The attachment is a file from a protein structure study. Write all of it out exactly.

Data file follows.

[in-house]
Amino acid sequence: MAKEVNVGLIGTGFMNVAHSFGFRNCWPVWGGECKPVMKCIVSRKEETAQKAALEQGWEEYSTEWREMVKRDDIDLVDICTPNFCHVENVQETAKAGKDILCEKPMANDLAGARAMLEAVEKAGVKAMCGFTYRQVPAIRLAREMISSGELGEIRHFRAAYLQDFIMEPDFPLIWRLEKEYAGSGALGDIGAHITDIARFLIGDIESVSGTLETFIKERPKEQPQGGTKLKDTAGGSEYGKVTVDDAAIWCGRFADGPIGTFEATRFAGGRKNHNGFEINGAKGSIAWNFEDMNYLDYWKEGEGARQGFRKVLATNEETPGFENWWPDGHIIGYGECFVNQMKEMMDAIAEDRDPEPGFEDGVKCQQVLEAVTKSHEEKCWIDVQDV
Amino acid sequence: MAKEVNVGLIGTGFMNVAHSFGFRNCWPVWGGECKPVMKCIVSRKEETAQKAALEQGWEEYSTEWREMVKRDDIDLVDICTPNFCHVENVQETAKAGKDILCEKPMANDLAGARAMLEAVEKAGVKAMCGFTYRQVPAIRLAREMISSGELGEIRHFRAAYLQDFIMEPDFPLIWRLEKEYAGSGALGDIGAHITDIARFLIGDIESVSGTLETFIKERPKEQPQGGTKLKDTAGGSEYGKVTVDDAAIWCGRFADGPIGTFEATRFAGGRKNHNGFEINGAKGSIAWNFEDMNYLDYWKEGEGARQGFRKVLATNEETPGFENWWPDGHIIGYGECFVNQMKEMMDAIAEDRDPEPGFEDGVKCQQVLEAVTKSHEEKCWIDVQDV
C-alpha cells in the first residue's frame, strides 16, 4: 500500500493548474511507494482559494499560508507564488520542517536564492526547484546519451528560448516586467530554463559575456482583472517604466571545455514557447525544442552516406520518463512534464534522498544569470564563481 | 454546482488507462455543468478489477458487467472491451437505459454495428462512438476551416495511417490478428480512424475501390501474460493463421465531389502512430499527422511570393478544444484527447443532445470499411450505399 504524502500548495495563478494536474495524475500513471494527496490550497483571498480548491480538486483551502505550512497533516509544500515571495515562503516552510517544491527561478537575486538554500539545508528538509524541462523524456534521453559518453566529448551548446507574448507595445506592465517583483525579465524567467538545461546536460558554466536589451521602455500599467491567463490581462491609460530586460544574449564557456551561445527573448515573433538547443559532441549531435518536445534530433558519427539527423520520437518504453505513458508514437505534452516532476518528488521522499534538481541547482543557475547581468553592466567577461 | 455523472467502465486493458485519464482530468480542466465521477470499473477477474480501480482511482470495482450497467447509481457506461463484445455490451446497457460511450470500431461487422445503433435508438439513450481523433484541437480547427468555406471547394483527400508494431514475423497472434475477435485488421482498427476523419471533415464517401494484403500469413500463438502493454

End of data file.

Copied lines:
[in-house]
Amino acid sequence: MAKEVNVGLIGTGFMNVAHSFGFRNCWPVWGGECKPVMKCIVSRKEETAQKAALEQGWEEYSTEWREMVKRDDIDLVDICTPNFCHVENVQETAKAGKDILCEKPMANDLAGARAMLEAVEKAGVKAMCGFTYRQVPAIRLAREMISSGELGEIRHFRAAYLQDFIMEPDFPLIWRLEKEYAGSGALGDIGAHITDIARFLIGDIESVSGTLETFIKERPKEQPQGGTKLKDTAGGSEYGKVTVDDAAIWCGRFADGPIGTFEATRFAGGRKNHNGFEINGAKGSIAWNFEDMNYLDYWKEGEGARQGFRKVLATNEETPGFENWWPDGHIIGYGECFVNQMKEMMDAIAEDRDPEPGFEDGVKCQQVLEAVTKSHEEKCWIDVQDV
Amino acid sequence: MAKEVNVGLIGTGFMNVAHSFGFRNCWPVWGGECKPVMKCIVSRKEETAQKAALEQGWEEYSTEWREMVKRDDIDLVDICTPNFCHVENVQETAKAGKDILCEKPMANDLAGARAMLEAVEKAGVKAMCGFTYRQVPAIRLAREMISSGELGEIRHFRAAYLQDFIMEPDFPLIWRLEKEYAGSGALGDIGAHITDIARFLIGDIESVSGTLETFIKERPKEQPQGGTKLKDTAGGSEYGKVTVDDAAIWCGRFADGPIGTFEATRFAGGRKNHNGFEINGAKGSIAWNFEDMNYLDYWKEGEGARQGFRKVLATNEETPGFENWWPDGHIIGYGECFVNQMKEMMDAIAEDRDPEPGFEDGVKCQQVLEAVTKSHEEKCWIDVQDV
C-alpha cells in the first residue's frame, strides 16, 4: 500500500493548474511507494482559494499560508507564488520542517536564492526547484546519451528560448516586467530554463559575456482583472517604466571545455514557447525544442552516406520518463512534464534522498544569470564563481 | 454546482488507462455543468478489477458487467472491451437505459454495428462512438476551416495511417490478428480512424475501390501474460493463421465531389502512430499527422511570393478544444484527447443532445470499411450505399 504524502500548495495563478494536474495524475500513471494527496490550497483571498480548491480538486483551502505550512497533516509544500515571495515562503516552510517544491527561478537575486538554500539545508528538509524541462523524456534521453559518453566529448551548446507574448507595445506592465517583483525579465524567467538545461546536460558554466536589451521602455500599467491567463490581462491609460530586460544574449564557456551561445527573448515573433538547443559532441549531435518536445534530433558519427539527423520520437518504453505513458508514437505534452516532476518528488521522499534538481541547482543557475547581468553592466567577461 | 455523472467502465486493458485519464482530468480542466465521477470499473477477474480501480482511482470495482450497467447509481457506461463484445455490451446497457460511450470500431461487422445503433435508438439513450481523433484541437480547427468555406471547394483527400508494431514475423497472434475477435485488421482498427476523419471533415464517401494484403500469413500463438502493454